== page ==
They’re both fairly unappealing and just a bit whiffy: thick, toxic algal blooms that increasingly clog Scotland’s lochs and rivers and smelly mountains of sewage sludge.

But now researchers are looking into turning human waste from the sewage system into a mineral-rich material that could be used to both attack the scourge of algal blooms and help tackle another environmental headache.

Scottish teams are exploring how biochar created from human waste that’s been burned at high temperature can be used as a water filter capable of removing large amounts of phosphorus which, when present in excess quantities, contributes to algal blooms.

As well as cleaning up the water, the phosphorous the filter collects could then be reused in the manufacture of anything from cleaning products and matches, to fertiliser.

The innovative use of human waste would also provide a potential solution to another problem: currently around 130,000 tonnes of sewage waste in Scotland is disposed of either by being recycled to the land or incinerated.

The Herald: INCREASING temperatures bring the risk of algal blooms which could compromise the safety of Scotland's drinking water

Apart from racking up a £6 million a year bill for its disposal, expected changes to regulations mean that alternative treatment and processing methods must be explored.

The biochar from human waste project is being funded by the Industrial Biotechnology Innovation Centre (IBioIC) and Scottish Water, which is supplying the raw material used to create the charcoal like substance to its commercial subsidiary, Scottish Water Horizons.

It is testing the biochar at its waste water development centre in Bo’ness. As part of the project, experts at the Environmental Research Institute at UHI, North, West and Hebrides are also providing insight into biochar in filtration systems, supported by water treatment specialist AL-2 Teknik.

Biochar derived from sewage sludge is safe and sanitary, with any residual toxins, pharmaceuticals or pesticides destroyed during the process which uses temperatures of up to 500°C.

Researchers involved in the project carried out tests using a variety of filtration systems to determine which perform best. They found biochar-based filter was able to remove large amounts of phosphorus from waste water.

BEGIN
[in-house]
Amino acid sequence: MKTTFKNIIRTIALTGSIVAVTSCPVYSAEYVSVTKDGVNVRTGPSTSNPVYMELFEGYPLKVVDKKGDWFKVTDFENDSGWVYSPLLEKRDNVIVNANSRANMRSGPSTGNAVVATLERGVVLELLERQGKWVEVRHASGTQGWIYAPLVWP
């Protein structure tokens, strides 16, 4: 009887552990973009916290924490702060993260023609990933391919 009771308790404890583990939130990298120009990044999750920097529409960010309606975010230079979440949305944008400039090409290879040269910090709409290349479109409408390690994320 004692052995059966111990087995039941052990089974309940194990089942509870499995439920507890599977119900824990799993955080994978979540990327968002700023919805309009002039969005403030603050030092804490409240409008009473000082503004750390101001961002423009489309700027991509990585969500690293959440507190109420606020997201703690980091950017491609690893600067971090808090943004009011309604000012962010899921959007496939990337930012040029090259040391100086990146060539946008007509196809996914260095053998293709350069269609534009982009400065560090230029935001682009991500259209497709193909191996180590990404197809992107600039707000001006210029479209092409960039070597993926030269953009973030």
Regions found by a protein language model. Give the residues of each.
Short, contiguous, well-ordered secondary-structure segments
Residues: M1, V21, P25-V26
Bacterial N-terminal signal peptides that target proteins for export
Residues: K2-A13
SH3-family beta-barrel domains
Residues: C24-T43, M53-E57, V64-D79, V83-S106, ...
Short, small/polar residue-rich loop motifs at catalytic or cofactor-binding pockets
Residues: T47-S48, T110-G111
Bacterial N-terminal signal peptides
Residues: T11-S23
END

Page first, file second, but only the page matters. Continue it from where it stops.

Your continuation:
If used at scale as part of larger filtration systems, it could could play an important role in treating water at the point of discharge to prevent algal blooms from forming.

Algal blooms can appear as green, yellow-brown or red in colour and create a variety of problems including depleting the water of oxygen which in turn affects aquatic life and releasing toxins.

Often smelly and unsightly, it also poses a risk to other wildlife, humans and pets.

The problem is more likely to appear when water is warm and slow-moving, and thrives when nutrients such as phosphorous and nitrogen are present, sometimes as a result of runoff from fertiliser.

Climate change with warmer temperatures and changes in rainfall patterns are exacerbating the problem.

Research from the UK Centre for Ecology & Hydrology (UKCEH) in 2022 showed that 97% of monitored Scottish lochs and reservoirs increased in temperature between 2015 and 2019. While most warmed by 0.25°C to 1.0°C per year over the period, 9% increased by more than that, with some rising by up to 1.3°C per year.

It has warned that a projected increase in air temperature of 2.5°C in Scotland between 2020 and 2080 would result in a 3°C rise in lochs and reservoirs over that period.

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That with changes in rainfall patterns increases the risk of algal blooms, potentially restricting the uses of lochs and reservoirs for recreation and water supply as well as impacting wildlife.